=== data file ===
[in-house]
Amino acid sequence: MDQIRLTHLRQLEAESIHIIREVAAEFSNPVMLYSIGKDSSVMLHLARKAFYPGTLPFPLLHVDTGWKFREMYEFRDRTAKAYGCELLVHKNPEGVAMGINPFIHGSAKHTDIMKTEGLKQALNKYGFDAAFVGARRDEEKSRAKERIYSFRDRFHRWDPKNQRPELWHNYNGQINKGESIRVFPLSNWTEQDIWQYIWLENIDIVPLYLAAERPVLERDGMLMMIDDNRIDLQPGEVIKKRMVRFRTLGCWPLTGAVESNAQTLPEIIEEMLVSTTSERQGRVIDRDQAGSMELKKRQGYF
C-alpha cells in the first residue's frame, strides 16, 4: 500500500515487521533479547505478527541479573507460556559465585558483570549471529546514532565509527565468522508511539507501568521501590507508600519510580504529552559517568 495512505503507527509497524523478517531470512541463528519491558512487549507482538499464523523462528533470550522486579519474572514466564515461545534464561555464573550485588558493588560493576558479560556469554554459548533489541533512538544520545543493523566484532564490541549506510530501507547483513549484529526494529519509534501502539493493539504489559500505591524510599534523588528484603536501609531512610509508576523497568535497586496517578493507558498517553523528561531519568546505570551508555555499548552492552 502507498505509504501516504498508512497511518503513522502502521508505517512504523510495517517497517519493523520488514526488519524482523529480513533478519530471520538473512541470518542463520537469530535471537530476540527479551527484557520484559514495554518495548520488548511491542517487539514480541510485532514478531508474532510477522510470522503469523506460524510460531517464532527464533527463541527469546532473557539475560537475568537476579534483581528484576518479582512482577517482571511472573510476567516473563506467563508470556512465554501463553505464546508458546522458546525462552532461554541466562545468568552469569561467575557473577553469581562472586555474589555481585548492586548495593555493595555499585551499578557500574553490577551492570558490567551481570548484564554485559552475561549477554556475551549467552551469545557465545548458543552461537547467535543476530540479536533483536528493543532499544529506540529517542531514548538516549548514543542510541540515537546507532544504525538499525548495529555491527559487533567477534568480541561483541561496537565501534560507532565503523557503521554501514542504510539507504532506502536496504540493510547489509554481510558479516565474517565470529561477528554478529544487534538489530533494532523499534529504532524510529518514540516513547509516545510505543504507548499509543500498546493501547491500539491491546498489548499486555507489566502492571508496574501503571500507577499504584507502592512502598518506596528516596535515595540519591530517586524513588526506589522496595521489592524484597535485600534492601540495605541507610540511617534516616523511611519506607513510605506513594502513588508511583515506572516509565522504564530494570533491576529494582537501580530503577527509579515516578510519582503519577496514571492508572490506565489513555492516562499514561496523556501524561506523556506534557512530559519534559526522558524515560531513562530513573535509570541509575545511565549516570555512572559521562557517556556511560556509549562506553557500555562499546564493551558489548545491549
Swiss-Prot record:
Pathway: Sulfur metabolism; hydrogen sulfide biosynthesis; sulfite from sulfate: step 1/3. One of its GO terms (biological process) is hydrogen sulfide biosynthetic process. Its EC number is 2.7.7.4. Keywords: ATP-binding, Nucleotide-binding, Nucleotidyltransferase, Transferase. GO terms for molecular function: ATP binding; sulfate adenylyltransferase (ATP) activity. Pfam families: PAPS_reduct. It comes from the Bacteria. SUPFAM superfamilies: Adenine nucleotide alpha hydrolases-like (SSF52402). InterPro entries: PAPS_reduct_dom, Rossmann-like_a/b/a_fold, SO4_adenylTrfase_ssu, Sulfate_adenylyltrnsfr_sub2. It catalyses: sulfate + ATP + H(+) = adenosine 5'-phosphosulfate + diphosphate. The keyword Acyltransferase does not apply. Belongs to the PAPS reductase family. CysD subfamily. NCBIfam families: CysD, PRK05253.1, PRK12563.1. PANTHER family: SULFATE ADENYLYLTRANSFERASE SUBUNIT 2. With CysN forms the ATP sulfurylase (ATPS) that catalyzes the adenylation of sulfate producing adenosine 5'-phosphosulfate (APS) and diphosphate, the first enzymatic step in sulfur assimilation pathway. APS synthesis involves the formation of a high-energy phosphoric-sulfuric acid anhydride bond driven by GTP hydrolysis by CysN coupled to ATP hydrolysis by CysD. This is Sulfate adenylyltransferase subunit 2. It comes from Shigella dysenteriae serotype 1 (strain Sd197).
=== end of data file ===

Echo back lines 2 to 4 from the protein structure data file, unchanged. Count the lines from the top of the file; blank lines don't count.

Amino acid sequence: MDQIRLTHLRQLEAESIHIIREVAAEFSNPVMLYSIGKDSSVMLHLARKAFYPGTLPFPLLHVDTGWKFREMYEFRDRTAKAYGCELLVHKNPEGVAMGINPFIHGSAKHTDIMKTEGLKQALNKYGFDAAFVGARRDEEKSRAKERIYSFRDRFHRWDPKNQRPELWHNYNGQINKGESIRVFPLSNWTEQDIWQYIWLENIDIVPLYLAAERPVLERDGMLMMIDDNRIDLQPGEVIKKRMVRFRTLGCWPLTGAVESNAQTLPEIIEEMLVSTTSERQGRVIDRDQAGSMELKKRQGYF
C-alpha cells in the first residue's frame, strides 16, 4: 500500500515487521533479547505478527541479573507460556559465585558483570549471529546514532565509527565468522508511539507501568521501590507508600519510580504529552559517568 495512505503507527509497524523478517531470512541463528519491558512487549507482538499464523523462528533470550522486579519474572514466564515461545534464561555464573550485588558493588560493576558479560556469554554459548533489541533512538544520545543493523566484532564490541549506510530501507547483513549484529526494529519509534501502539493493539504489559500505591524510599534523588528484603536501609531512610509508576523497568535497586496517578493507558498517553523528561531519568546505570551508555555499548552492552 502507498505509504501516504498508512497511518503513522502502521508505517512504523510495517517497517519493523520488514526488519524482523529480513533478519530471520538473512541470518542463520537469530535471537530476540527479551527484557520484559514495554518495548520488548511491542517487539514480541510485532514478531508474532510477522510470522503469523506460524510460531517464532527464533527463541527469546532473557539475560537475568537476579534483581528484576518479582512482577517482571511472573510476567516473563506467563508470556512465554501463553505464546508458546522458546525462552532461554541466562545468568552469569561467575557473577553469581562472586555474589555481585548492586548495593555493595555499585551499578557500574553490577551492570558490567551481570548484564554485559552475561549477554556475551549467552551469545557465545548458543552461537547467535543476530540479536533483536528493543532499544529506540529517542531514548538516549548514543542510541540515537546507532544504525538499525548495529555491527559487533567477534568480541561483541561496537565501534560507532565503523557503521554501514542504510539507504532506502536496504540493510547489509554481510558479516565474517565470529561477528554478529544487534538489530533494532523499534529504532524510529518514540516513547509516545510505543504507548499509543500498546493501547491500539491491546498489548499486555507489566502492571508496574501503571500507577499504584507502592512502598518506596528516596535515595540519591530517586524513588526506589522496595521489592524484597535485600534492601540495605541507610540511617534516616523511611519506607513510605506513594502513588508511583515506572516509565522504564530494570533491576529494582537501580530503577527509579515516578510519582503519577496514571492508572490506565489513555492516562499514561496523556501524561506523556506534557512530559519534559526522558524515560531513562530513573535509570541509575545511565549516570555512572559521562557517556556511560556509549562506553557500555562499546564493551558489548545491549
Swiss-Prot record: